Blogs > Sleeping with CPAP

Assistant News Editor Lee Dryden was diagnosed with sleep apnea and uses a CPAP (continuous positive airway pressure) machine to assist with breathing while sleeping. From a layman’s point of view, he will discuss the benefits, issues, challenges and frustrations of sleeping while wearing a mask.

Wednesday, October 19, 2011

Breathing is a good thing

Anytime someone stops breathing, that is not a good thing.
Apparently I did just that a lot — while I was sleeping.
I just didn't know it.
After being prodded by my wife, who naturally is the one who noticed the problem, I went to a sleep doctor. (It's typically the spouses who notice such things, as they are the ones kept awake by freight-train-like snoring.)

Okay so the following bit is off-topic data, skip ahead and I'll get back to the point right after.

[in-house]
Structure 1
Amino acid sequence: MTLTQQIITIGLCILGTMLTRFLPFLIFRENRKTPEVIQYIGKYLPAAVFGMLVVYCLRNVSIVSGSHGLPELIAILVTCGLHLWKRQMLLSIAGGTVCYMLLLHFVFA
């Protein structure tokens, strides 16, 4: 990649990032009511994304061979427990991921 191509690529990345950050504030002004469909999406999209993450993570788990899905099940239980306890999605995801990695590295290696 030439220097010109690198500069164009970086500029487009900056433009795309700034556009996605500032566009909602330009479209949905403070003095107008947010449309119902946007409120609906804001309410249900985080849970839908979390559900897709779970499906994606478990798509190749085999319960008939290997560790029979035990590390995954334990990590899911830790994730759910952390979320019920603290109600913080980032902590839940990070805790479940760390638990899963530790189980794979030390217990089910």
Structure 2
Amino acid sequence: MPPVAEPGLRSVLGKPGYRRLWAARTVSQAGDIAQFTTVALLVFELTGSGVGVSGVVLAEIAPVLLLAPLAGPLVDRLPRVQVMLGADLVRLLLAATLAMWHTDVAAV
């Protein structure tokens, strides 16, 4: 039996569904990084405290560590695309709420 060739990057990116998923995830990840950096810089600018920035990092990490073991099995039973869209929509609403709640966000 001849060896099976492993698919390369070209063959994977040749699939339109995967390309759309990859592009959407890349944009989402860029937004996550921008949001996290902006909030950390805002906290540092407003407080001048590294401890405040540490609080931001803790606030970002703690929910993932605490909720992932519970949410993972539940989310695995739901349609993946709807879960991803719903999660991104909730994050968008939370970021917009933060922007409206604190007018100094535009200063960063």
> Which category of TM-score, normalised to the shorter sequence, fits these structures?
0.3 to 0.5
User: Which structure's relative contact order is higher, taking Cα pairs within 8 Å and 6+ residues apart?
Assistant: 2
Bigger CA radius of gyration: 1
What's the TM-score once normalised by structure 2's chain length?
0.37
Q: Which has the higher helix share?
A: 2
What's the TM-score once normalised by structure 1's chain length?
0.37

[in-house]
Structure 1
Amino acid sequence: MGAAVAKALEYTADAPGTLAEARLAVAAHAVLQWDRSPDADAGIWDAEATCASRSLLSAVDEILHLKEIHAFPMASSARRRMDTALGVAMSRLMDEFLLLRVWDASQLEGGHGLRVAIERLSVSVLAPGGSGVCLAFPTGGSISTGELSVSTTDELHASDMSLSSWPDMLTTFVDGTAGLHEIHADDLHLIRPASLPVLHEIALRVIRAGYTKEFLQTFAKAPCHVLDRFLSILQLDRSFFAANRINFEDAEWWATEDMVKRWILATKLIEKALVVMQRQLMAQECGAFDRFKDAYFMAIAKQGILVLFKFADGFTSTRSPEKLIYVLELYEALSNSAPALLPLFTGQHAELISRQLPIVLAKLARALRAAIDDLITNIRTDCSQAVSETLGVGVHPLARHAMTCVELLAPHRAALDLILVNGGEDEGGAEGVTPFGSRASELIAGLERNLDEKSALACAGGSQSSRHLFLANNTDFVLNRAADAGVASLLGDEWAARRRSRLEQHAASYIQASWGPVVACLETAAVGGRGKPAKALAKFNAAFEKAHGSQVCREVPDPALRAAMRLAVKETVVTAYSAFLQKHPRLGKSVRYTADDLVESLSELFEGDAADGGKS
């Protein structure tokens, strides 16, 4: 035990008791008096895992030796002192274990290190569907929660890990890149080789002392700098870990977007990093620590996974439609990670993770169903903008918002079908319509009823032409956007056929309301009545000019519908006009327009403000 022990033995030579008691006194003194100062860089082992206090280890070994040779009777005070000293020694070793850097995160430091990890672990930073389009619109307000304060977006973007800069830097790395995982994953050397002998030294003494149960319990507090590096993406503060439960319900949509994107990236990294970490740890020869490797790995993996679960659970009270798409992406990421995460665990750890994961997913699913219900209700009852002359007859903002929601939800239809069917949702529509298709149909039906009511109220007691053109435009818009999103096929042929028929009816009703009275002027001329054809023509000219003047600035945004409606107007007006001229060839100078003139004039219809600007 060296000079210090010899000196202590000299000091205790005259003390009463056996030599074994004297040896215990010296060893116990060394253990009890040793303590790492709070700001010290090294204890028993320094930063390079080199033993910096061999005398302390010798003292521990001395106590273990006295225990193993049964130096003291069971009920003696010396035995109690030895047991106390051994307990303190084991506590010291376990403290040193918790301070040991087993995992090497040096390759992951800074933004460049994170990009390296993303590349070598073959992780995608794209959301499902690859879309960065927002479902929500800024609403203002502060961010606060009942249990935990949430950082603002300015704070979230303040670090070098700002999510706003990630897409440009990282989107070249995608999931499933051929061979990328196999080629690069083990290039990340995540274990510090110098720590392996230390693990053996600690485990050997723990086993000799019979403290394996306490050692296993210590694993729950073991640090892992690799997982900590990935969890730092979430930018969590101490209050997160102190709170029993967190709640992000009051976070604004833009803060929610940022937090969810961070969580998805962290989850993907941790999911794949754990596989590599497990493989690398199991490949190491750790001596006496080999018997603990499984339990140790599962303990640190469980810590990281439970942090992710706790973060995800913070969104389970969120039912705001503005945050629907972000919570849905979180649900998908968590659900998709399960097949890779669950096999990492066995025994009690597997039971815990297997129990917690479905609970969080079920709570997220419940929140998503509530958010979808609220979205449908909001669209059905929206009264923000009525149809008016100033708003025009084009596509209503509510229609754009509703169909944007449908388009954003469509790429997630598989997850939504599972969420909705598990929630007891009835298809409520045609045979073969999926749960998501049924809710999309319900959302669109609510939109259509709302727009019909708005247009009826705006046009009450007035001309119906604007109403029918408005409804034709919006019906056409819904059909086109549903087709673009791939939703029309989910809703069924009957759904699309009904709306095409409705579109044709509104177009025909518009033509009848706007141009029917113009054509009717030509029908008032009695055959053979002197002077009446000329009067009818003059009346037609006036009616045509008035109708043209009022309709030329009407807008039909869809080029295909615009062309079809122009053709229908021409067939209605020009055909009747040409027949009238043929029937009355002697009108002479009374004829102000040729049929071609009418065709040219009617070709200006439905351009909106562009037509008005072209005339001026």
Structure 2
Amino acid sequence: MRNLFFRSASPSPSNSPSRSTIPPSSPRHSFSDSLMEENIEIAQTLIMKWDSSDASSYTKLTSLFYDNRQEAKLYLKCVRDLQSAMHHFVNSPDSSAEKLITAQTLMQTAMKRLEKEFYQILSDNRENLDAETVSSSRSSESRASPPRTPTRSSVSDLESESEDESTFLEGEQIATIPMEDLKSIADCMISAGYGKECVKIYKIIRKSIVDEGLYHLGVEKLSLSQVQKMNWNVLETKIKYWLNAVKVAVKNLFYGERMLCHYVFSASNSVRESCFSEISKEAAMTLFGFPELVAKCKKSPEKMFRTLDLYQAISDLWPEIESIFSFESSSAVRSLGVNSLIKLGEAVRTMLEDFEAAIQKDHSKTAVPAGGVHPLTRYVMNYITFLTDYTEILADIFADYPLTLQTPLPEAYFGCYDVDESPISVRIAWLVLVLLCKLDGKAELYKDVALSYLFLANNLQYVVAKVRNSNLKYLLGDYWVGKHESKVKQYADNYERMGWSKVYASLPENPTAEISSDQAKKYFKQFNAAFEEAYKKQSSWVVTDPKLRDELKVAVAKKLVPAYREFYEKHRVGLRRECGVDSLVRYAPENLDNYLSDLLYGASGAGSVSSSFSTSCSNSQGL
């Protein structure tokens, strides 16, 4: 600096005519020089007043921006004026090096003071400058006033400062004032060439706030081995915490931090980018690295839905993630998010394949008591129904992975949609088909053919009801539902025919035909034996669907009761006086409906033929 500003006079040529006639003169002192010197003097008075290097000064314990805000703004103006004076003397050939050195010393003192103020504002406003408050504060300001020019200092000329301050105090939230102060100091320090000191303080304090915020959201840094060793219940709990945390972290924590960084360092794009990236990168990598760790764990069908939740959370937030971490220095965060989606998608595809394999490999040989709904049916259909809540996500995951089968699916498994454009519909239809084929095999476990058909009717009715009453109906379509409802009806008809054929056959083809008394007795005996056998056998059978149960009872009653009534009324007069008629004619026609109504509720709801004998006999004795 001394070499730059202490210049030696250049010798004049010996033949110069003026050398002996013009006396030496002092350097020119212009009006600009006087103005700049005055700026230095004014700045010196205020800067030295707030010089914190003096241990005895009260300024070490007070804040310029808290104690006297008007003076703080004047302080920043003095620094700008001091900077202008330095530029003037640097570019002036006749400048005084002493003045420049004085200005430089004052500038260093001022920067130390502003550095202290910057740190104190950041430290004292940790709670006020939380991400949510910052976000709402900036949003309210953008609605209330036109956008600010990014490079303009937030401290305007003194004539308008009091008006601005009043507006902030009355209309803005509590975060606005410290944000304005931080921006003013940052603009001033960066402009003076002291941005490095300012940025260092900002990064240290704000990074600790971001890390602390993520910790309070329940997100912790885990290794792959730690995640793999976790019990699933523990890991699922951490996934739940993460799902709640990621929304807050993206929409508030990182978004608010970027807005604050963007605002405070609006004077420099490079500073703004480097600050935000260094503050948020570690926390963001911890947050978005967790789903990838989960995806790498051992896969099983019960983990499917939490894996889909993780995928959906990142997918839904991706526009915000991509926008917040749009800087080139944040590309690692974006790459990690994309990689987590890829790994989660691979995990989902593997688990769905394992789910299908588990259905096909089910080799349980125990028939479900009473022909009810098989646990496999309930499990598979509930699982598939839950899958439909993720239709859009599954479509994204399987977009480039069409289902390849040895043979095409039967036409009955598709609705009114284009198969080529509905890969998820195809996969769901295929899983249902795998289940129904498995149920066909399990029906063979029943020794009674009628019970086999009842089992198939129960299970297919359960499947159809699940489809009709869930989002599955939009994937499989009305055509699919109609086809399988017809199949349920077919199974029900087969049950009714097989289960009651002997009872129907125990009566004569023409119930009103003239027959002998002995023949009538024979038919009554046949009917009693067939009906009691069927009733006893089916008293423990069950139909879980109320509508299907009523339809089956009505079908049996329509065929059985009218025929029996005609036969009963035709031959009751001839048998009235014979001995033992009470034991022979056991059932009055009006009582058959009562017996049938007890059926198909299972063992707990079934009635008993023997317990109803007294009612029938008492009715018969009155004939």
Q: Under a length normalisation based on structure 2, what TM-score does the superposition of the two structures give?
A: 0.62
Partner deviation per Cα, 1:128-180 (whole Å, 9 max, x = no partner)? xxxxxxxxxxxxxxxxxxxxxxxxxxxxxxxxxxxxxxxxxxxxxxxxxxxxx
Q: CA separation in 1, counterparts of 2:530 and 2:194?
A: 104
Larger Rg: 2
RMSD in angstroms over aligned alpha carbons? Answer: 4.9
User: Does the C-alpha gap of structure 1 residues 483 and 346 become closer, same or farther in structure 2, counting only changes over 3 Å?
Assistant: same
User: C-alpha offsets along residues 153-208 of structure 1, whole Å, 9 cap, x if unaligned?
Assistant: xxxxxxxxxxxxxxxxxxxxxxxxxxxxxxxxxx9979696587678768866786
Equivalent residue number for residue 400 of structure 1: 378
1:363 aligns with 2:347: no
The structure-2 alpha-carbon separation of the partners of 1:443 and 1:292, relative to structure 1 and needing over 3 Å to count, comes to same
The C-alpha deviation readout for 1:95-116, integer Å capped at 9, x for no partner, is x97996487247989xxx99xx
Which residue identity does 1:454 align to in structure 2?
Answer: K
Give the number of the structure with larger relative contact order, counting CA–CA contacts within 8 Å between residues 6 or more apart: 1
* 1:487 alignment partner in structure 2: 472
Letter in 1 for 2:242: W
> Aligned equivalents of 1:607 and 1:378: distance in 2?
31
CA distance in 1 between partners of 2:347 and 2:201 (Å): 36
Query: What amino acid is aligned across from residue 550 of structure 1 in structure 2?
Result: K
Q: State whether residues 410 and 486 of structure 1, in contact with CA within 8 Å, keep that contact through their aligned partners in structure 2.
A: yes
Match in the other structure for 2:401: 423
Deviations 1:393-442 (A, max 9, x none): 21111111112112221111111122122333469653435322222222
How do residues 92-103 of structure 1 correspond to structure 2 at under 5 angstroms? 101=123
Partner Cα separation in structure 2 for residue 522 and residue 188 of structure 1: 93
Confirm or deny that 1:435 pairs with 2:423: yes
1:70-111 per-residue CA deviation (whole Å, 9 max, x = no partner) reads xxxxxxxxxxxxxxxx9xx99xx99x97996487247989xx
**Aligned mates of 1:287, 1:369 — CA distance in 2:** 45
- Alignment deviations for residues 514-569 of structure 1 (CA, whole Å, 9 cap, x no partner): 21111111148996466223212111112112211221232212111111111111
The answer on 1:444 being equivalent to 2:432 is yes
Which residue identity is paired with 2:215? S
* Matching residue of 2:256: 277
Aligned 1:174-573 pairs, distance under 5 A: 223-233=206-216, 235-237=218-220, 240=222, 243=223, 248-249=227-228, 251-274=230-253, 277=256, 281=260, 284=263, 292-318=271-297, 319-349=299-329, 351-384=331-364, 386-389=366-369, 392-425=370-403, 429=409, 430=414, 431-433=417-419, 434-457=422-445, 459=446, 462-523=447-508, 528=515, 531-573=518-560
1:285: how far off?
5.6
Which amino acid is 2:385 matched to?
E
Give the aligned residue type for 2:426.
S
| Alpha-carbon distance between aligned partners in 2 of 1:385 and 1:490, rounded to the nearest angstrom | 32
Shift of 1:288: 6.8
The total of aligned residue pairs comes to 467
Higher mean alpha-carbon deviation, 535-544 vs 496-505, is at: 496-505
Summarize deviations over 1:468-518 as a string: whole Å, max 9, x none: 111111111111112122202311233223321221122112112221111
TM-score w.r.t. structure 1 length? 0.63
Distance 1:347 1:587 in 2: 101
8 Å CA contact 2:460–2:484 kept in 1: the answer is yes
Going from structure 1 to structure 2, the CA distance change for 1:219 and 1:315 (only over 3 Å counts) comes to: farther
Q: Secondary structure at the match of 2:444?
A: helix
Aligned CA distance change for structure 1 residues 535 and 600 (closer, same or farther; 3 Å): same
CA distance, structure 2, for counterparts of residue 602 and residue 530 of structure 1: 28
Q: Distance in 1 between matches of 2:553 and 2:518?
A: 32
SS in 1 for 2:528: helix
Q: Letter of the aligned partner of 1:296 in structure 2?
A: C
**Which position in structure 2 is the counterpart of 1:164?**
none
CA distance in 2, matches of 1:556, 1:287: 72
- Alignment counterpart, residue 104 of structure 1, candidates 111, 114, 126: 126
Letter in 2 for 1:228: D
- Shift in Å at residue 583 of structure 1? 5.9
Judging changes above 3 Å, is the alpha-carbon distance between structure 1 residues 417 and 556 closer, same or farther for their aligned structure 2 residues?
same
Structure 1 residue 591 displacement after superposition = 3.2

Sure enough, I was diagnosed with sleep apnea, which is defined as a disorder characterized by abnormal pauses in breathing.
To reach this conclusion, I went through two 8-hour sleep tests at a clinic inside the doctor's office while hooked up to a mess of wires, some of which were secured by paste on my forehead. Good times.
Anyway, the results showed I stopped breathing about 60 times per hour. Yes, 60 times per hour. I guess I restarted each time since I am here writing this.
Now that I use a CPAP (continuous positive airway pressure) breathing machine to keep my airway open while sleeping, that is down to about once per hour.
Through this blog, I will discuss the challenges — and benefits — of life with a Darth Vader-type mask while sleeping. Maybe I can help others like me or help someone realize they need to be tested. Some reports indicate there are millions (yes, snorers) with undiagnosed sleep apnea. I would love to hear tips from those who have dealt with this longer than I have. I just got my mask in March of this year.
Treating sleep apnea will keep your spouse happy, provide a better night's sleep and, oh yeah, keep that all-important breathing thing happening. Kinda need that.


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